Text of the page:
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R in a Nutshell: A Desktop Quick Reference (In a Nutshell (O'Reilly)) 1st Edition

3.9 out of 5 stars 33 customer reviews
ISBN-13: 978-0596801700
ISBN-10: 059680170X
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Editorial Reviews

Book Description

A Desktop Quick Reference

About the Author

Joseph Adler has many years of experience in data mining and data analysis at companies including DoubleClick, American Express, and VeriSign. He graduated from MIT with an Sc.B and M.Eng in Computer Science and Electrical Engineering from MIT. He is the inventor of several patents for computer security and cryptography, and the author of Baseball Hacks. Currently, he is a senior data scientist at LinkedIn.

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Product Details

  • Series: In a Nutshell (O'Reilly)
  • Paperback: 636 pages
  • Publisher: O'Reilly Media; 1 edition (January 14, 2010)
  • Language: English
  • ISBN-10: 059680170X
  • ISBN-13: 978-0596801700
  • Product Dimensions: 6 x 1.2 x 9 inches
  • Shipping Weight: 1.6 pounds
  • Average Customer Review: 3.9 out of 5 stars  See all reviews (33 customer reviews)
  • Amazon Best Sellers Rank: #421,625 in Books (See Top 100 in Books)

Customer Reviews

Top Customer Reviews

Format: Paperback Verified Purchase
'R in a Nutshell' is the essential introductory book on R. Do not try to learn R without it.

I made two attempts to learn R before purchasing this book. In both previous attempts, I had to abort and use another tool to solve my problem because it was taking me too long to accomplish very simple things in R.

The reason R is hard to learn is that its documentation is organized for statisticians that already know R, but have forgotten a detail or two. There are a few other books on learning R, but they are setup like a college course - complete the entire book and THEN you can actually accomplish something.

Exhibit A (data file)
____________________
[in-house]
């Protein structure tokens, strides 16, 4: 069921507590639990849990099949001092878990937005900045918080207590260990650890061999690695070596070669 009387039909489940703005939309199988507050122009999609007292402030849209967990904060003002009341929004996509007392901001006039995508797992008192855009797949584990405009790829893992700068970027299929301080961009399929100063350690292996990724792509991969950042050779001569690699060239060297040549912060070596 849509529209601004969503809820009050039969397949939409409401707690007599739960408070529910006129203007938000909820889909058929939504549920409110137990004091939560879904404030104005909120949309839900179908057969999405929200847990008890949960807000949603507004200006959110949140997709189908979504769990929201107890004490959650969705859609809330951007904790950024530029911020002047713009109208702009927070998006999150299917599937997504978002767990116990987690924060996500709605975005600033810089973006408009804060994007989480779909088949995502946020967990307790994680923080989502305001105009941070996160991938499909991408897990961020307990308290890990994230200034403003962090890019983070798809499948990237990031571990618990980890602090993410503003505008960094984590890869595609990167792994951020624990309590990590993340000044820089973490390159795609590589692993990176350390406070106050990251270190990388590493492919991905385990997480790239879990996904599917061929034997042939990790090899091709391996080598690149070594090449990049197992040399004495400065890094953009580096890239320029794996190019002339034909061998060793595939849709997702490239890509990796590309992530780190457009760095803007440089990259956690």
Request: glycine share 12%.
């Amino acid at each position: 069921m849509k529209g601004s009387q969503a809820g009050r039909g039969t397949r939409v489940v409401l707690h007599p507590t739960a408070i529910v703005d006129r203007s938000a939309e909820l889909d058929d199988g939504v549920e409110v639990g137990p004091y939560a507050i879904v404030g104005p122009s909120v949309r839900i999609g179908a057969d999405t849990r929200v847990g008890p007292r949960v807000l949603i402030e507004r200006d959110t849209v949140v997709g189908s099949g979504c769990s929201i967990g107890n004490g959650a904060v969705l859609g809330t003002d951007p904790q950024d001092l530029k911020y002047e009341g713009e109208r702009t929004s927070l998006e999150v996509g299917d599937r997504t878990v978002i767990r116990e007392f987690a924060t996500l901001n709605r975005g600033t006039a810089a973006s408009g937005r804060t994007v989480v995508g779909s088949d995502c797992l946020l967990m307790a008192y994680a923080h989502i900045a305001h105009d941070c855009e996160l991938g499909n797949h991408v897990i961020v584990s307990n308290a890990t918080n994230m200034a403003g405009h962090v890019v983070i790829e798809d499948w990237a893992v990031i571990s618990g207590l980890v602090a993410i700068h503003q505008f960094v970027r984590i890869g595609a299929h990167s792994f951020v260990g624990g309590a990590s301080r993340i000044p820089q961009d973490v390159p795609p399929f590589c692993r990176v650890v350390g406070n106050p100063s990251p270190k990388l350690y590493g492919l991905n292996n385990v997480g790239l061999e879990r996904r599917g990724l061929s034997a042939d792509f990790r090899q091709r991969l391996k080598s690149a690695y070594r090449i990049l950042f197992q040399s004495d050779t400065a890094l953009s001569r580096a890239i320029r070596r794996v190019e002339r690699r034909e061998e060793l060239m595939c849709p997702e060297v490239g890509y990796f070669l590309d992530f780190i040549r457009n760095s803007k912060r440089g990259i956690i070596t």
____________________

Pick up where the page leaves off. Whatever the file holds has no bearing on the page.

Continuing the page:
R in a Nutshell allows you to get working immediately. Simply lookup what you need to do. The firsts thing I did was load a file and make a histogram. I found that stuff in the section on "Loading Data" and the section on charts. In no time I was making stacked area charts for cohorts. Now R is an essential tool for me - and I haven't even taken the time to learn it well! With this book, I don't have to. I can learn as I go. So I actually use R.

Do not R without it.
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Format: Paperback
Back in school, I was introduced to using SPSS for use in statistical analysis. While I liked SPSS, it was too expensive for me to procure a copy for my own personal use. A friend suggested that I try R. I was a little nervous about R, because being more enthusiastic about than talented with mathematics, and I was most comfortable with a point and click program. So, before I began, I bought "R in a Nutshell" to learn more. I'm glad that I did.

Adler's book begins with a basic tutorial for R and an introduction to R language. It explains how to use R to draw graphs, statistical analysis and even some bio stuff. All I needed to do was to load in my data, draw a couple charts and compute some t tests and chi-squared statistics.